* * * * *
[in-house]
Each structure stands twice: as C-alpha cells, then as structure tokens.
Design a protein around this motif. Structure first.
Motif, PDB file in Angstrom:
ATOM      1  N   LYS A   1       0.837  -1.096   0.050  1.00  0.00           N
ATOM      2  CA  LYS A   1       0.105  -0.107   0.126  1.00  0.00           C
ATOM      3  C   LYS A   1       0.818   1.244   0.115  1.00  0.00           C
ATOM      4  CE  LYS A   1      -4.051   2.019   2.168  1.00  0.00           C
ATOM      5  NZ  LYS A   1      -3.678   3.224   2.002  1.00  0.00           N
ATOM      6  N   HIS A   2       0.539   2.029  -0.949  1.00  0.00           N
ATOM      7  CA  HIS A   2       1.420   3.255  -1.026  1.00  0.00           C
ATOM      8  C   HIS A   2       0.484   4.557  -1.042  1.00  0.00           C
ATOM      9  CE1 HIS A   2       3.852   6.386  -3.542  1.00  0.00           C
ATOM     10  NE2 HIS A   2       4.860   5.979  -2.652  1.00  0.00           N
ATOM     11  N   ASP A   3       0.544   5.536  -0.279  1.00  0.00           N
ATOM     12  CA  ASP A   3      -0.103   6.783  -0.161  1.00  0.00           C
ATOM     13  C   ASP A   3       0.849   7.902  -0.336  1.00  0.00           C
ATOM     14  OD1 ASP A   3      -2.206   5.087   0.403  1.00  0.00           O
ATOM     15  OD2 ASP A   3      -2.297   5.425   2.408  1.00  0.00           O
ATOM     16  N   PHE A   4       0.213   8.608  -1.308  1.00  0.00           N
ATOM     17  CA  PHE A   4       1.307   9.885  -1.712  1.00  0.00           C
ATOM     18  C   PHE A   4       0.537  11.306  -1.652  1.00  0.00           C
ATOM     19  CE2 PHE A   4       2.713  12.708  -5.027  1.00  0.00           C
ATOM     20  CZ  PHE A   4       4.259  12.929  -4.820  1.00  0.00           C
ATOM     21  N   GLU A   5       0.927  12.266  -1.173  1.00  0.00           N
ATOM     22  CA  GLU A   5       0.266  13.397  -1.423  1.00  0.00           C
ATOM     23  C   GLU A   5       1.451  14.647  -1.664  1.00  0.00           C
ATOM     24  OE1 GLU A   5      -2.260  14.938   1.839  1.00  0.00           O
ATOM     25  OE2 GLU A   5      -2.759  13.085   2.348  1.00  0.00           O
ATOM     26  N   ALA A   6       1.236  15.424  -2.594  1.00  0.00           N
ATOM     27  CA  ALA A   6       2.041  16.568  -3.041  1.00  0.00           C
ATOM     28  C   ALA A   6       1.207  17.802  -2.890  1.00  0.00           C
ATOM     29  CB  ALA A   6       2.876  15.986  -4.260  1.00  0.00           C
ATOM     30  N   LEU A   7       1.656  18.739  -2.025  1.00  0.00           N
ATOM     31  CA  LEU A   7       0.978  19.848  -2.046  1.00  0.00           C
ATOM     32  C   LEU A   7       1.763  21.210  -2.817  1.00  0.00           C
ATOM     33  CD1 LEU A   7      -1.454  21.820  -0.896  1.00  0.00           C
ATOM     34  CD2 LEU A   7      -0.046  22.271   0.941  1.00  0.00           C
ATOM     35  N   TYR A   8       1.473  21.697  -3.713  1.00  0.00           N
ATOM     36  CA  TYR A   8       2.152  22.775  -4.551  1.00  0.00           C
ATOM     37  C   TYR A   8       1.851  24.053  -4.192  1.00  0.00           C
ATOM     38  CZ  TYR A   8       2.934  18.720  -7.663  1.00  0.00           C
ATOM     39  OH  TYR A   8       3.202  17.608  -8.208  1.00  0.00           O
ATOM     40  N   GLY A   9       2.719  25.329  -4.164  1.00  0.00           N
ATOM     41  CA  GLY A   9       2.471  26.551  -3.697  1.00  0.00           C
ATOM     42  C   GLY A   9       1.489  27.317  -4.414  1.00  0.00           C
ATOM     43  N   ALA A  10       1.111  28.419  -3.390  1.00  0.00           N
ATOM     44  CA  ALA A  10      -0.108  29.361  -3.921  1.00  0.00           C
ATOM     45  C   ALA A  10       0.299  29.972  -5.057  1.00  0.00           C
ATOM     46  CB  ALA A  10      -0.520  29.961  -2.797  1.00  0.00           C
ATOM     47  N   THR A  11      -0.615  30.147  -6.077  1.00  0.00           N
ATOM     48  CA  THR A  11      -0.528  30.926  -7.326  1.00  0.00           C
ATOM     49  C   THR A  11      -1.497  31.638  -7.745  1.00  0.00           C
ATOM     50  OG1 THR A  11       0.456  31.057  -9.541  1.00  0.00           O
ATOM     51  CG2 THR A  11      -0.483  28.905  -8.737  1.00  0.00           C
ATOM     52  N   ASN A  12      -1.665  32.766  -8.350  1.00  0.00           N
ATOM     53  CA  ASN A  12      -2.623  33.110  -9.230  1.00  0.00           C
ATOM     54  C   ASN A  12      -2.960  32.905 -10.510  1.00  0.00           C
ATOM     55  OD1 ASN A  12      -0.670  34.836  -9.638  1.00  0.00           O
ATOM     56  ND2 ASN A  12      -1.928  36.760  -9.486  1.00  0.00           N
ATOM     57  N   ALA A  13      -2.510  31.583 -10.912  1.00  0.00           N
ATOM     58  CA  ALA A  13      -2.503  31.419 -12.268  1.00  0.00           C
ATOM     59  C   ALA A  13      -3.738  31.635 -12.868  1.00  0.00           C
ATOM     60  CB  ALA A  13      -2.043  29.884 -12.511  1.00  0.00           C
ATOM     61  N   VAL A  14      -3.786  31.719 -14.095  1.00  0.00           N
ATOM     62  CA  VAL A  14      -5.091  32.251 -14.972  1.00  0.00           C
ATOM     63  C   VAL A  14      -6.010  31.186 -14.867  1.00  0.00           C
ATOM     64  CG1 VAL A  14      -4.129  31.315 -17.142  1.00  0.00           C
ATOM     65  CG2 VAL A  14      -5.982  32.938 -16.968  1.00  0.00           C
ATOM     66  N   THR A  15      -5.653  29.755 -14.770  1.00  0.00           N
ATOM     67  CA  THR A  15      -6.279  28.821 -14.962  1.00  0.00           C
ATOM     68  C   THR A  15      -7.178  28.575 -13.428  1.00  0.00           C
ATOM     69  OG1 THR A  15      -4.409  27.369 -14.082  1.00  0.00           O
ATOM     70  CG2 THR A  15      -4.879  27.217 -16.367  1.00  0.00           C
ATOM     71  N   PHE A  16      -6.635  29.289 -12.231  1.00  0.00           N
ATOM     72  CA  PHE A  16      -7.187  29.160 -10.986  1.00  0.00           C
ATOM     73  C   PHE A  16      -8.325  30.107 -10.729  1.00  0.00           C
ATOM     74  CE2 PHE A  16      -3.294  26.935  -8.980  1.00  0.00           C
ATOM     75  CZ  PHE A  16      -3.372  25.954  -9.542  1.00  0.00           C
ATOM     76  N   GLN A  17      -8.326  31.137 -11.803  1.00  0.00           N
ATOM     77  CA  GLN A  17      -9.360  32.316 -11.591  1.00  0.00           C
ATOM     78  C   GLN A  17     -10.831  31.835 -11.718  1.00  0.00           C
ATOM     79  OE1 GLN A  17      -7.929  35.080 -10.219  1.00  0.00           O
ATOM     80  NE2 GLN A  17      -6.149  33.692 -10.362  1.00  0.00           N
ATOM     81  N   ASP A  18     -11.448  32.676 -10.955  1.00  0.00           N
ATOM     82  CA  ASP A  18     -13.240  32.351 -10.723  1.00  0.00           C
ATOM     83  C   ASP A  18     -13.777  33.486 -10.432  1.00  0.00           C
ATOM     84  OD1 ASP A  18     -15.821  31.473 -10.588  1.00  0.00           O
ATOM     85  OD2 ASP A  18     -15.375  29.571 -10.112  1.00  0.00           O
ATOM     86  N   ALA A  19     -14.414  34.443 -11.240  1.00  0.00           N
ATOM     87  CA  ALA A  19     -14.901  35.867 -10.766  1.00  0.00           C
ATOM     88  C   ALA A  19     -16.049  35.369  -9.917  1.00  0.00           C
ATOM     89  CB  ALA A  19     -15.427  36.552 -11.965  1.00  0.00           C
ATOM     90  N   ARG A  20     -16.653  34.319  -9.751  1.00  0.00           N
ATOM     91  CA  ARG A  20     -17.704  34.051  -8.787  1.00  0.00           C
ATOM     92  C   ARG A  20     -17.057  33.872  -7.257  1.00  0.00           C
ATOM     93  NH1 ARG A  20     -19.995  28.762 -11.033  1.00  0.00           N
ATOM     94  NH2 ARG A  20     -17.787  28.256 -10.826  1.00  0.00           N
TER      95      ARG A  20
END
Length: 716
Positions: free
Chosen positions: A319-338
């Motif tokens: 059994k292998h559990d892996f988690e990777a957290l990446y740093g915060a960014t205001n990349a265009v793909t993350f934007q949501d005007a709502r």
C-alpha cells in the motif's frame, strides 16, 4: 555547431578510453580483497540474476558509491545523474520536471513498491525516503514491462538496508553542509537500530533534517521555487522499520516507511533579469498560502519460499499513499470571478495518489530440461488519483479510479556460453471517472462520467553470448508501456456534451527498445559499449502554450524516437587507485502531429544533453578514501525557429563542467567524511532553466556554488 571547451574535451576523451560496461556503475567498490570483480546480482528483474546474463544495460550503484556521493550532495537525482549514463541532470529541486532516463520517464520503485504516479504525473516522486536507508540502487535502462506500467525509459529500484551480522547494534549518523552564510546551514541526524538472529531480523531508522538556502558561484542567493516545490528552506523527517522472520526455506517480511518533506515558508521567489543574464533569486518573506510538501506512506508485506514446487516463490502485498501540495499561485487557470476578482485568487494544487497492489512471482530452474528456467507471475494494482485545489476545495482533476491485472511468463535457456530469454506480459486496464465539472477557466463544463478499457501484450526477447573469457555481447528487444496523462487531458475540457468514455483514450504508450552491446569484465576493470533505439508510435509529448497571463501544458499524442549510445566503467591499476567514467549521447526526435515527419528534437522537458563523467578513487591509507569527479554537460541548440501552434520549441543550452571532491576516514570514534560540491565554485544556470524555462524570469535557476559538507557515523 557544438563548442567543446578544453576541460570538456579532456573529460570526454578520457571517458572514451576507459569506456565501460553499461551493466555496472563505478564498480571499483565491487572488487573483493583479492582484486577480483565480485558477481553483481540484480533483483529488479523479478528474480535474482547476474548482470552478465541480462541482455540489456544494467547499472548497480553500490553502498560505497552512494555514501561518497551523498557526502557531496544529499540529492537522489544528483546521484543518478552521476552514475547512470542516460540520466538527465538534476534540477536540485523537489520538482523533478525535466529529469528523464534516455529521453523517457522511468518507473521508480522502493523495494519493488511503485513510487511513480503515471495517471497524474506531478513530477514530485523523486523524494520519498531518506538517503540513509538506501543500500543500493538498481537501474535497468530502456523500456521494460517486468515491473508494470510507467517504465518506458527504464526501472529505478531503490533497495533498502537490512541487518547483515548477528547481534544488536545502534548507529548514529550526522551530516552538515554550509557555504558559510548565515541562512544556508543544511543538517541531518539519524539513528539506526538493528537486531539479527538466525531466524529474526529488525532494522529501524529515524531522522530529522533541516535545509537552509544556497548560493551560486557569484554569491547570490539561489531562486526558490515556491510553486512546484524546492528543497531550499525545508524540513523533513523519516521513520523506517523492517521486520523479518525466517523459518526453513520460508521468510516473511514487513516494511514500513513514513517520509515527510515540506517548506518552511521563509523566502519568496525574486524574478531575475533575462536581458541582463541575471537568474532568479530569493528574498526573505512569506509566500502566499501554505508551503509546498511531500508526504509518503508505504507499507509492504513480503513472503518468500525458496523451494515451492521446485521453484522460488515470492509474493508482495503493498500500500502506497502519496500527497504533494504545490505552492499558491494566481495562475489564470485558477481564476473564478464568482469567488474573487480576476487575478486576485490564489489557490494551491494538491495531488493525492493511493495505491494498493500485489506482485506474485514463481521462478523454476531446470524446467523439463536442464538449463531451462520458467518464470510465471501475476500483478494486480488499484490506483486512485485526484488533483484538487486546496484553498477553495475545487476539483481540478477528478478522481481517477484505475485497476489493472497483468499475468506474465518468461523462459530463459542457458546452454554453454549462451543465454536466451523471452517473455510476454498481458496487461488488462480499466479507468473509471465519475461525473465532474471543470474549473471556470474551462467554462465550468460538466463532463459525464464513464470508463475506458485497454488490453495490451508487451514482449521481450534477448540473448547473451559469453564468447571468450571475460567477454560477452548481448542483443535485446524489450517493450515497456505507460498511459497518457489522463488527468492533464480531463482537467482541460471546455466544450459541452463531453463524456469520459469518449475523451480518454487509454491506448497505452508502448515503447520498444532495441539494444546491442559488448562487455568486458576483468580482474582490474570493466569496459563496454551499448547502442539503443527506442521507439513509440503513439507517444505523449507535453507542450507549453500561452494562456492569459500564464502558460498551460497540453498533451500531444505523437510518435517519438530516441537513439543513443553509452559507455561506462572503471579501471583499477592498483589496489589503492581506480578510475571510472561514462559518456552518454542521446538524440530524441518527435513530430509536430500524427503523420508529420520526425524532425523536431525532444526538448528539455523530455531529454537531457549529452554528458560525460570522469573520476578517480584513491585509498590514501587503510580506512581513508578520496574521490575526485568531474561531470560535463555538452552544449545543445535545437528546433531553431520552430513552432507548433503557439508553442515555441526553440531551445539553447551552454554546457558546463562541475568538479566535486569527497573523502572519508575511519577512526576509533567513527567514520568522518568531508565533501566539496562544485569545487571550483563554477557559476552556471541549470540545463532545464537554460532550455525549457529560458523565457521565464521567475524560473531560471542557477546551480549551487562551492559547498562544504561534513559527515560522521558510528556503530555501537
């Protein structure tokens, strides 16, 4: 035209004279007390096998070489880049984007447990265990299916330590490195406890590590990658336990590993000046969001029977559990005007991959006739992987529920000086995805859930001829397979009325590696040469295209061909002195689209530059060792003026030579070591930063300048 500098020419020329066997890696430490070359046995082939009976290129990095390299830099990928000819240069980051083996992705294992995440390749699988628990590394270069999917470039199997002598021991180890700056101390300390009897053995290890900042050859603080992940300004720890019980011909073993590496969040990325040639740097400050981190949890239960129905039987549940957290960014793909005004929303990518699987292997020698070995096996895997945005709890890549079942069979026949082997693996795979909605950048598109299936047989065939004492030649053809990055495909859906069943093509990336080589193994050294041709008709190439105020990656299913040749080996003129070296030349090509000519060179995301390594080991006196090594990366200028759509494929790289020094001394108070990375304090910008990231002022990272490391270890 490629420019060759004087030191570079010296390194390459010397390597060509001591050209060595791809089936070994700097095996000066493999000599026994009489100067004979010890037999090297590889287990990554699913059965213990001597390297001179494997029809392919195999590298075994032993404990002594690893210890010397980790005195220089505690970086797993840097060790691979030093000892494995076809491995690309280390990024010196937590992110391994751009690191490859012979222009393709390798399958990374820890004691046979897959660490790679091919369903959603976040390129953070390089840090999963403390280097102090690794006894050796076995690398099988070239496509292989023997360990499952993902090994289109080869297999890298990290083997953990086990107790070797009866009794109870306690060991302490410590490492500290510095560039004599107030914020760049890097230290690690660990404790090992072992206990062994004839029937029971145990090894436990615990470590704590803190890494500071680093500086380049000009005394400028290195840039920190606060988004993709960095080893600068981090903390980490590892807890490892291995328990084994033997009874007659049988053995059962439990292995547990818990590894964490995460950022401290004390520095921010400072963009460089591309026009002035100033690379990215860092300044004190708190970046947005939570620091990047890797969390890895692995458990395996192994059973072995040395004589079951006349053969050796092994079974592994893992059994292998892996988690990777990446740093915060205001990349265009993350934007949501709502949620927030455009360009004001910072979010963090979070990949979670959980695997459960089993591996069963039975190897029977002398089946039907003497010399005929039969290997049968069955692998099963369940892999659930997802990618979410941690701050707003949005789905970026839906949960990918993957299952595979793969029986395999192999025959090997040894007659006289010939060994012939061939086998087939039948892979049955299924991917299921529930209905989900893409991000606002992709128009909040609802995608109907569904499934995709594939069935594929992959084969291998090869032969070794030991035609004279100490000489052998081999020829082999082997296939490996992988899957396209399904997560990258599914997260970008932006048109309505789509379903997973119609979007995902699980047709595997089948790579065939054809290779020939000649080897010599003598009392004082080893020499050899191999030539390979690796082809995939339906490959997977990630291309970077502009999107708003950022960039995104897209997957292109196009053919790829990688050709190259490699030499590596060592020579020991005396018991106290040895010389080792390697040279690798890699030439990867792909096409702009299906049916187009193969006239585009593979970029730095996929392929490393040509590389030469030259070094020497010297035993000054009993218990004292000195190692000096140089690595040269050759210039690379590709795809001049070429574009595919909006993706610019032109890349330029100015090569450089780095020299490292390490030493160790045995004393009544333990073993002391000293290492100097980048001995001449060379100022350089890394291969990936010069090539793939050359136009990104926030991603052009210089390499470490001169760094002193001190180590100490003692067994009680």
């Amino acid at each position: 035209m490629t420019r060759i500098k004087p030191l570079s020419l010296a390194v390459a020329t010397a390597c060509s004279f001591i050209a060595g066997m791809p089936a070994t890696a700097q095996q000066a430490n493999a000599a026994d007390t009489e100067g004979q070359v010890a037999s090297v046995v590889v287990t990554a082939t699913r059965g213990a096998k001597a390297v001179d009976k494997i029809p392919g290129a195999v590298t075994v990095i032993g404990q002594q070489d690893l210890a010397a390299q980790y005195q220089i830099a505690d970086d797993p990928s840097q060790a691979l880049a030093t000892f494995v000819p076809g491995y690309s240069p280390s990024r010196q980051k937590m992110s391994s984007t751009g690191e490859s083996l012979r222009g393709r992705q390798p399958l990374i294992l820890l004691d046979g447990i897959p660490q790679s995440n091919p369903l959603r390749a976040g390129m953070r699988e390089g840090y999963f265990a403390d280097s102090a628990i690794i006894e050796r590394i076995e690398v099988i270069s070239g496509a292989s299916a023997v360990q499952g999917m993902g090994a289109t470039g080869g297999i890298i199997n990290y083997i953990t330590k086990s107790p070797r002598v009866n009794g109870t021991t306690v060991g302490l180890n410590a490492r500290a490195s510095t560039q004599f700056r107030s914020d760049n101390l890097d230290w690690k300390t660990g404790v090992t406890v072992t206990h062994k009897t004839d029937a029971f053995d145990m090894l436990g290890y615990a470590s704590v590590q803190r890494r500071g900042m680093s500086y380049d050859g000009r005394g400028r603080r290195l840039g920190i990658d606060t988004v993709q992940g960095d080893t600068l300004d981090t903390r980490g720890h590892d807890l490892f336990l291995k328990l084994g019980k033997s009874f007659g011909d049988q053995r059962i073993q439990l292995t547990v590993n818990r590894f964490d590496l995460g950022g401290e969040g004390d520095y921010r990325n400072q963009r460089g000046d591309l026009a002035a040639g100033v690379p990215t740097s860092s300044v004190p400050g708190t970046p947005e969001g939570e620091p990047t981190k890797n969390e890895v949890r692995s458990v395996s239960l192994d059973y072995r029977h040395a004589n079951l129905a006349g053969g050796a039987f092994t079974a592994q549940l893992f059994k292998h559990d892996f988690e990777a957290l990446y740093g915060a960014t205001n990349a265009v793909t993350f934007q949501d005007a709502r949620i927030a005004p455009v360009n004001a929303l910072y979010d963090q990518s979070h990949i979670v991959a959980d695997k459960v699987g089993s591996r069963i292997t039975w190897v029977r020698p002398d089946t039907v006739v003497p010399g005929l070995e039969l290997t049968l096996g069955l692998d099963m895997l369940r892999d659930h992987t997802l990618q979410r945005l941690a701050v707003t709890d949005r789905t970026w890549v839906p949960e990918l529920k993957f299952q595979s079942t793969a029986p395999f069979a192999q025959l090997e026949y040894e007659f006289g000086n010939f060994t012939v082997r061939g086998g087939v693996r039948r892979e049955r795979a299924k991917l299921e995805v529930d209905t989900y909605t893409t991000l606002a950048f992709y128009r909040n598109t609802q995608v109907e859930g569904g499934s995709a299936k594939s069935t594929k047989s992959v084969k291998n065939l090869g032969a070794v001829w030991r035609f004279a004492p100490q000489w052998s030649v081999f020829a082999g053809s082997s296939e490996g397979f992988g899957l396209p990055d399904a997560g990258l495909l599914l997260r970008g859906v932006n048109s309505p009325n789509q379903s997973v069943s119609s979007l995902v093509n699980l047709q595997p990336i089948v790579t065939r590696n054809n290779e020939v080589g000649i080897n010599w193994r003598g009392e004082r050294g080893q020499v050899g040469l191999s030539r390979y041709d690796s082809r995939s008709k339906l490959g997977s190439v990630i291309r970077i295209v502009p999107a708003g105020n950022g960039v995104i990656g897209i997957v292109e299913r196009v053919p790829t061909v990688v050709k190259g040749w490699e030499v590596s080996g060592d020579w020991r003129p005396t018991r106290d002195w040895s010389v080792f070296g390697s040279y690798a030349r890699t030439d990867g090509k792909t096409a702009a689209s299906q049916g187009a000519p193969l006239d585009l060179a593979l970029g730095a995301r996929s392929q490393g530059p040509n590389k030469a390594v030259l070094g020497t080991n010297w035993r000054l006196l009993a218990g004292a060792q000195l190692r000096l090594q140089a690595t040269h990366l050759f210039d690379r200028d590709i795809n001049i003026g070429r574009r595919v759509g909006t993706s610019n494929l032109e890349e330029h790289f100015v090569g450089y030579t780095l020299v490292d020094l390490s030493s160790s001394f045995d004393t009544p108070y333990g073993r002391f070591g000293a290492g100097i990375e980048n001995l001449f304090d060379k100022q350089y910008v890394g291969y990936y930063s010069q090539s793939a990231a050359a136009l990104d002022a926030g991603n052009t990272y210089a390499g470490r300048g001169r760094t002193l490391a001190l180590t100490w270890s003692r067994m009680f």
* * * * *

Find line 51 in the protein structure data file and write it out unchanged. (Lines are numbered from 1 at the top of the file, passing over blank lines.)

ATOM     47  N   THR A  11      -0.615  30.147  -6.077  1.00  0.00           N